"We've got his back," reads the text of the black-and-white poster of President Obama, that features a photo of the president shot from behind with a hand on his shoulder. The picture sits prominently over the left shoulder of volunteer team leader Matt Phillips as he instructs a group of volunteers — most from labor union SEIU — about how to conduct the door-to-door canvass they're about to embark on. Currently he's instructing volunteers on how to handle an encounter with a voter who turns out to be a supporter of Republican Mitt Romney.
"You're not going to win that fight," Phillips tells the volunteers. "You can hit five more houses in the time it takes you to have one long, drawn-out discussion with a person whose mind you're not going to change anyway.
"But if someone tells you they're not sure who they're going to vote for, then ask what issues they're bothered by and then tell them why you support the president. Tell them why you're outside today in the cold and the rain."
The goal of the canvass has been multi-faceted, Mittenthal says. The point is to firm up the base of voters already identified as Obama supporters; to convert those who may be on the fence; to recruit more volunteers; and to make sure that any potential voter is registered.
On this day, there were just three days left to register voters for the November election. In 2008, the campaign excelled in getting voters registered and new voters came out for Obama then they did in any previous election. There have been reports that Democratic voter registration has been down across the country, but Pennsylvania, while down, is still running fairly even to 2008 numbers.
In 2008, there were nearly 4.5 million Democrats registered across the state. According to state registration records as of Oct. 1, there are 4.2 million registered Democrats — before the Obama campaign's final push of the past 10 days. More than 300,300 new voters have signed up as Democrats, compared to 260,700 new Republicans voters.
In August, the Washington Post reported that Obama's campaign workers on the ground led Romney's by a 3-to-1 margin. Obama has funneled nearly $50 million, the Post reports, to state committees to hire staff and open campaign offices in swing states, compared to $8 million by the Romney campaign.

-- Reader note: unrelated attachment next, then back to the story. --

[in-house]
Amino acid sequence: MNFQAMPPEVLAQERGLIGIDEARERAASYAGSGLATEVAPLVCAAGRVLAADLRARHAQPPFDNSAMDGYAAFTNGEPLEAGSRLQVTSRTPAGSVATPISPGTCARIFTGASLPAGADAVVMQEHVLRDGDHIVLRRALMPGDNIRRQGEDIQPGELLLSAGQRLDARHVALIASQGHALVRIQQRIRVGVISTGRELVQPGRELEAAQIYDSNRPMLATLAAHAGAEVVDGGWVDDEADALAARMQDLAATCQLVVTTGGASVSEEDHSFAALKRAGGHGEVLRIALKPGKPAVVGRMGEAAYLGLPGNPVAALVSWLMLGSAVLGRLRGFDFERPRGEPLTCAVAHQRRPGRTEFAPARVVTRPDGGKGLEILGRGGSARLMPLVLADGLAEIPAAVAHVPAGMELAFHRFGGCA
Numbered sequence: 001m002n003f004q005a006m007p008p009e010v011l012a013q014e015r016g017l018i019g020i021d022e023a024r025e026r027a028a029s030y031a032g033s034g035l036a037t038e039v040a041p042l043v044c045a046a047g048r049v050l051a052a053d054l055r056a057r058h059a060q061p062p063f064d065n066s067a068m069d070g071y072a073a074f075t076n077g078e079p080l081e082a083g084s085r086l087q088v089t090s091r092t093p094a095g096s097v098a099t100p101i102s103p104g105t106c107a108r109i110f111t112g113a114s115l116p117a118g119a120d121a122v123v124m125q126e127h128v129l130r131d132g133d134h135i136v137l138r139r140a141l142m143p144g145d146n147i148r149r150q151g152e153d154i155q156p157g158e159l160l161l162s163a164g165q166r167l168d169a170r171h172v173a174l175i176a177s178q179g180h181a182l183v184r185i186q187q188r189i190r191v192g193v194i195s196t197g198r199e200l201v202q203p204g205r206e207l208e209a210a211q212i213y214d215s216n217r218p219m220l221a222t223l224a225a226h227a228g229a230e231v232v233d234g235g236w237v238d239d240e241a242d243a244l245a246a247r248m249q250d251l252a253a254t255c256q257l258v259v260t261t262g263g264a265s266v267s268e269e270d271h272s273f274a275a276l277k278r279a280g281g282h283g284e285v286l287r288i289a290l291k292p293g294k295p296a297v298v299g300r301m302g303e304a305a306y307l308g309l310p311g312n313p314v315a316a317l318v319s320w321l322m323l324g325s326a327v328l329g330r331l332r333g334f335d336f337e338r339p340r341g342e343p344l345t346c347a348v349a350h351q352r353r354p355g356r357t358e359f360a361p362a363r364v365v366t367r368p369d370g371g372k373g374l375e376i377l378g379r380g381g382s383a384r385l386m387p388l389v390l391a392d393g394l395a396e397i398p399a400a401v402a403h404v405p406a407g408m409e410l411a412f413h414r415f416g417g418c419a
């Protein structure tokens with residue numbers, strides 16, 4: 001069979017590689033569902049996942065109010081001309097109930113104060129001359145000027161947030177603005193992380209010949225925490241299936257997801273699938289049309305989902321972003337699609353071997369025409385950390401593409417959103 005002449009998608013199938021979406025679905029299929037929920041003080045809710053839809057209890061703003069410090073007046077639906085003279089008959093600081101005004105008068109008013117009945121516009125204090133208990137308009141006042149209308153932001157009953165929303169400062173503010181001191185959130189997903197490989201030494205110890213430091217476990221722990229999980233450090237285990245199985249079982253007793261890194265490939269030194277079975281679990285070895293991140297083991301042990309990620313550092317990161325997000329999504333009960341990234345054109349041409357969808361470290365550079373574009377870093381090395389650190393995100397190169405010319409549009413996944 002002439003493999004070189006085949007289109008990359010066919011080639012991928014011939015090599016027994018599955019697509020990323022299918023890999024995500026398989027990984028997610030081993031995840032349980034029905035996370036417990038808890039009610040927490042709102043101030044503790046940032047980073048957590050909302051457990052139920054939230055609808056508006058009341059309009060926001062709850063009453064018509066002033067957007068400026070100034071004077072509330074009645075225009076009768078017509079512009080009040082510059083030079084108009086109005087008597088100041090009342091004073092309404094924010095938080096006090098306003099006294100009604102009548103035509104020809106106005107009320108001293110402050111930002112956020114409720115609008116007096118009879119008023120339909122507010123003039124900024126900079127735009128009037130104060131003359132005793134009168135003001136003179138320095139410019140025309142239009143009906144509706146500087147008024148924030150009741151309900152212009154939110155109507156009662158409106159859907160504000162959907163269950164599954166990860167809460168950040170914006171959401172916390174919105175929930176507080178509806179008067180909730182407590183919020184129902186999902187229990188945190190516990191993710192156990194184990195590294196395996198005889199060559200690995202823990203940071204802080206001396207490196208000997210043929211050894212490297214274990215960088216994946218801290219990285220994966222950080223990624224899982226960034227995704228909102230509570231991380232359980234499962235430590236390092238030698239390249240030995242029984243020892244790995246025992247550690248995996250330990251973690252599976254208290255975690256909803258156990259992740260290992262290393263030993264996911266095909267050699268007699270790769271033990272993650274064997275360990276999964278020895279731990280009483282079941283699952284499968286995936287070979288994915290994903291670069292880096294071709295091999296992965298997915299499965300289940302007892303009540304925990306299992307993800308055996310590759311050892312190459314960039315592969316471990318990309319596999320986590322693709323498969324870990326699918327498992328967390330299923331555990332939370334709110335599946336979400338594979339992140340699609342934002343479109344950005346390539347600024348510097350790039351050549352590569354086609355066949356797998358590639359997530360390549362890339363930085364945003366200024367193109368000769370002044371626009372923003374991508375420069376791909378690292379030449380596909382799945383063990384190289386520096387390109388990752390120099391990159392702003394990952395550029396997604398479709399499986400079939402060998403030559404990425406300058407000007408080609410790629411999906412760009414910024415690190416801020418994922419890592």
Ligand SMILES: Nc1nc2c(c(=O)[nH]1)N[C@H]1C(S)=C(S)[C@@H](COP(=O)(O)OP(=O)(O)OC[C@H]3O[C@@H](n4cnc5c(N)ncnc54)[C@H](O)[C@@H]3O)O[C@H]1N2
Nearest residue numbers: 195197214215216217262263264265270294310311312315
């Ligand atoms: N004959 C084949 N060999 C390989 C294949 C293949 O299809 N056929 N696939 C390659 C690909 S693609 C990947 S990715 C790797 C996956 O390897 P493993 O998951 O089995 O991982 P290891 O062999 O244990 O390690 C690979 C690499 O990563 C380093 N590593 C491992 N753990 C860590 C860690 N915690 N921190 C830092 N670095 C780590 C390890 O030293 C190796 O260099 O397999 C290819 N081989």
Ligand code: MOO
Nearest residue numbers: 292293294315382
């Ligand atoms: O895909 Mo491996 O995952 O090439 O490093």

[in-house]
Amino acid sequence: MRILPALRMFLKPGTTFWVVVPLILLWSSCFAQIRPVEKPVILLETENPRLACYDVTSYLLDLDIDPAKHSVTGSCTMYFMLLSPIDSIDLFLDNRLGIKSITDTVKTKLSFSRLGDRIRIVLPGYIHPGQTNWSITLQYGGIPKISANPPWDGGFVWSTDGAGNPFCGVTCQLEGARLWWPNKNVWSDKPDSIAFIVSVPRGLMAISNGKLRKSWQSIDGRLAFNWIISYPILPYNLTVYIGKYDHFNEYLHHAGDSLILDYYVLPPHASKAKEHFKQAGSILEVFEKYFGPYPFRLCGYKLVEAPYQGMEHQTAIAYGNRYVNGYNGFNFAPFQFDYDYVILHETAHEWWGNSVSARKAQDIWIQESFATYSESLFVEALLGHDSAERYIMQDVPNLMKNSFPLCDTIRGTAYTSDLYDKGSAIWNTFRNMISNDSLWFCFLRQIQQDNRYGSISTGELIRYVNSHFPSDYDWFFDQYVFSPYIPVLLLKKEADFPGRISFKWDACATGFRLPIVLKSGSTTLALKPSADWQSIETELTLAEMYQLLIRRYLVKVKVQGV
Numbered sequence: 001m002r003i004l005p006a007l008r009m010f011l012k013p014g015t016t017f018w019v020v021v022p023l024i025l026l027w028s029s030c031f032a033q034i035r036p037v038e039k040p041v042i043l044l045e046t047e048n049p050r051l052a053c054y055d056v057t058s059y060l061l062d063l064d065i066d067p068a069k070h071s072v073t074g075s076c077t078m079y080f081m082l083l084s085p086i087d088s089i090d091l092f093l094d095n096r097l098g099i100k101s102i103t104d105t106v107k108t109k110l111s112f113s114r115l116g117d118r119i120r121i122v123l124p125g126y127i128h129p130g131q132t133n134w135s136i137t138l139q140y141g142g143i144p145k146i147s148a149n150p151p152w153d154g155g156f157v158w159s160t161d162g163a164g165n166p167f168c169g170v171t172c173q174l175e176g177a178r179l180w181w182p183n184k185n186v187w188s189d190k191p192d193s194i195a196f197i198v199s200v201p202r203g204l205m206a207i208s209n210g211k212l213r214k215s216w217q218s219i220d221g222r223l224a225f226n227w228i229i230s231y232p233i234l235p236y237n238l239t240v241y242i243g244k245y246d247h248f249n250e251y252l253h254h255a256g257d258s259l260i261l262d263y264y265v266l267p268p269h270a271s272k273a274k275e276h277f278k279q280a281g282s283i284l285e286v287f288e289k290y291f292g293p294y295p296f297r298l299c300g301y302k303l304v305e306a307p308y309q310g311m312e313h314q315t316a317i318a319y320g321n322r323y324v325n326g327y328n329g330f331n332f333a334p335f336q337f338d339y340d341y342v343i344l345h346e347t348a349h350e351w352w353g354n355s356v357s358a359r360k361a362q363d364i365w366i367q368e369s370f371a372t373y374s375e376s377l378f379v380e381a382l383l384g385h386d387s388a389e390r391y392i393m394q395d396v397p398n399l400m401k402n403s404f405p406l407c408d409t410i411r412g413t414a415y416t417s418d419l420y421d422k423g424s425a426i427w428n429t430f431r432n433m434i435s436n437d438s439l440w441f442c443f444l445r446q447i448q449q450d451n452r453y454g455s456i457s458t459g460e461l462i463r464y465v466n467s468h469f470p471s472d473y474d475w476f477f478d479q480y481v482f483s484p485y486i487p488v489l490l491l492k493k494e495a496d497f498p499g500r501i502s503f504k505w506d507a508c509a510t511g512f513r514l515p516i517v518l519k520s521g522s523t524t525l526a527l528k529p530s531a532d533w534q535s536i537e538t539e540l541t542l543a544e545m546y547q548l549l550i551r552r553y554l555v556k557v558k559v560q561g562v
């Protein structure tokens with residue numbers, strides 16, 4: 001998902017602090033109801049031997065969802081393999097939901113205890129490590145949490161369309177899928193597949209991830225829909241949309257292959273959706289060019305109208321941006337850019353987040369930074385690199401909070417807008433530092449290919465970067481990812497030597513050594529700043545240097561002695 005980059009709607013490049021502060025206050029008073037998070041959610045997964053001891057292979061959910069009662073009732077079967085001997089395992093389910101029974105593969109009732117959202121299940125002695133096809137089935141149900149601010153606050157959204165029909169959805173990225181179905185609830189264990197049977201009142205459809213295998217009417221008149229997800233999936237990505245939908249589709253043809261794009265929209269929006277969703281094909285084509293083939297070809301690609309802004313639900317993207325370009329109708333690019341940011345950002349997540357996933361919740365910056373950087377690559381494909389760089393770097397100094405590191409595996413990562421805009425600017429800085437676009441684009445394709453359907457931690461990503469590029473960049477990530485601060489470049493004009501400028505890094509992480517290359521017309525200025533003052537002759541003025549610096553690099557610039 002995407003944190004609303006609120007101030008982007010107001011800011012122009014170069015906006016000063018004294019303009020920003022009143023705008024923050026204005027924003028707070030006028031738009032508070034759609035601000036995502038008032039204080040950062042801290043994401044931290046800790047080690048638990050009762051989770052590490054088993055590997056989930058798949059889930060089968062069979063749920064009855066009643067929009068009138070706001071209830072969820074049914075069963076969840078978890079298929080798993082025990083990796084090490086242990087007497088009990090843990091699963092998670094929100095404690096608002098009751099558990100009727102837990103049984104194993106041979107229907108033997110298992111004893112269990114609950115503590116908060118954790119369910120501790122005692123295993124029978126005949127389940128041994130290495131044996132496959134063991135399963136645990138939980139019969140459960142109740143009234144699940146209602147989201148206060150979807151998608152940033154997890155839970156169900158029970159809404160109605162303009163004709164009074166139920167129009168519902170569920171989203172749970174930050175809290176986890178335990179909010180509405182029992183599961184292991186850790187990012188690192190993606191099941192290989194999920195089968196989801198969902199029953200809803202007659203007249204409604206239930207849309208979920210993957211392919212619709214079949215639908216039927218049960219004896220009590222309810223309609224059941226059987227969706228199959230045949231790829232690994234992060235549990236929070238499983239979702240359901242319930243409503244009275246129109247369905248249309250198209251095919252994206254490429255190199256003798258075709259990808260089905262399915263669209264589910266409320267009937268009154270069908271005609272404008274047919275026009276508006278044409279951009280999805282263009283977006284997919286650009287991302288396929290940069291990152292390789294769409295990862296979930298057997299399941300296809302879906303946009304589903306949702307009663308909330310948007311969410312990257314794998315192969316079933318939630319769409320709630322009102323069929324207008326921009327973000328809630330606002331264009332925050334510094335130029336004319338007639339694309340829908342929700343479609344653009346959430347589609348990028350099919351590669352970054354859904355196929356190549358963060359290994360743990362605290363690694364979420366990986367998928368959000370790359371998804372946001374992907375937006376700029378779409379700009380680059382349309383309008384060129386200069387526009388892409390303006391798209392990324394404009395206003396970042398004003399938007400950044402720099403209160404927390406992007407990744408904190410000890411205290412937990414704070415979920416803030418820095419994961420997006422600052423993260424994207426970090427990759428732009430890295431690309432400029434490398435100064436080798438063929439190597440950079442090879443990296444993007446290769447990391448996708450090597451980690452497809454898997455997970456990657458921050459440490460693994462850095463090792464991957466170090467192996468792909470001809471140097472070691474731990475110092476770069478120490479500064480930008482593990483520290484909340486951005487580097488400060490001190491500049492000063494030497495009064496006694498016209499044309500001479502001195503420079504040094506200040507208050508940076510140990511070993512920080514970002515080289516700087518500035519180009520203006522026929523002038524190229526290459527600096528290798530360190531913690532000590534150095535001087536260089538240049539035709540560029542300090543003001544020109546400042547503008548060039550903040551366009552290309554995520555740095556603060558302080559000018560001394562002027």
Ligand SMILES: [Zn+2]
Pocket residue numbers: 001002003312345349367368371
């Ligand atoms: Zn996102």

But the Republicans are at least trying not to seem fazed. Rick Wiley, political director of the Republican National Committee, told the Post: "The Obama campaign is quick to tout how many people they have on payroll, but they don't seem to be doing anything."
And RNC chairman Reince Priebus told Capitol Hill publication Roll Call: "I find all of their ground-game talk to be garbage. They've got a decent ground game but they over-hype it so much."
But Mittenthal says the proof is in both the fundraising numbers and the sheer volume of events held by the Obama camp in Pennsylvania, a state that lost its swing designation by political pundits in recent months. Over the weekend, there were 500 events posted on the campaign's website, all happening within a 40-mile radius of the city. Mittenthal also pointed out that the Romney campaign website "appears to have no events scheduled for the Pittsburgh area."
- Charlotte Foster, of Penn Hills, works the phone bank at an Obama campaign office in East Liberty
Phillips, who was in his early 20s when he volunteered for Obama in 2008, says there's has been change in the Obama grassroots effort. He says things "are much more organized this time around, much more efficient."